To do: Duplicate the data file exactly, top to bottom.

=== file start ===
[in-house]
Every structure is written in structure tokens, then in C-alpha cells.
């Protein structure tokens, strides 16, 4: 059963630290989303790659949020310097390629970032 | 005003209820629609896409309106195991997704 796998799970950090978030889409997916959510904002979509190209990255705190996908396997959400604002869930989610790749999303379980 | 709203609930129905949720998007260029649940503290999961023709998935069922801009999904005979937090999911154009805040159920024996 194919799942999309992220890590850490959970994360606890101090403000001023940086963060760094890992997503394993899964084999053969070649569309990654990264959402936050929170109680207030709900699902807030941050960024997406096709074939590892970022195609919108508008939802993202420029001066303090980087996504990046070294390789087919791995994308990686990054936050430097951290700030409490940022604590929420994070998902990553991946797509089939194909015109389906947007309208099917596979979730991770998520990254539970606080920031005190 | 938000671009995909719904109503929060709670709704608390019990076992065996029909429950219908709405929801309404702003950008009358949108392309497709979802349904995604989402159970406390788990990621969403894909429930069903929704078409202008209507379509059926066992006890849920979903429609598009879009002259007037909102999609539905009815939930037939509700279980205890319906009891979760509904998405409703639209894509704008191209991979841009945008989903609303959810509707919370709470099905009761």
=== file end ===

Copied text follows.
[in-house]
Every structure is written in structure tokens, then in C-alpha cells.
């Protein structure tokens, strides 16, 4: 059963630290989303790659949020310097390629970032 | 005003209820629609896409309106195991997704 796998799970950090978030889409997916959510904002979509190209990255705190996908396997959400604002869930989610790749999303379980 | 709203609930129905949720998007260029649940503290999961023709998935069922801009999904005979937090999911154009805040159920024996 194919799942999309992220890590850490959970994360606890101090403000001023940086963060760094890992997503394993899964084999053969070649569309990654990264959402936050929170109680207030709900699902807030941050960024997406096709074939590892970022195609919108508008939802993202420029001066303090980087996504990046070294390789087919791995994308990686990054936050430097951290700030409490940022604590929420994070998902990553991946797509089939194909015109389906947007309208099917596979979730991770998520990254539970606080920031005190 | 938000671009995909719904109503929060709670709704608390019990076992065996029909429950219908709405929801309404702003950008009358949108392309497709979802349904995604989402159970406390788990990621969403894909429930069903929704078409202008209507379509059926066992006890849920979903429609598009879009002259007037909102999609539905009815939930037939509700279980205890319906009891979760509904998405409703639209894509704008191209991979841009945008989903609303959810509707919370709470099905009761």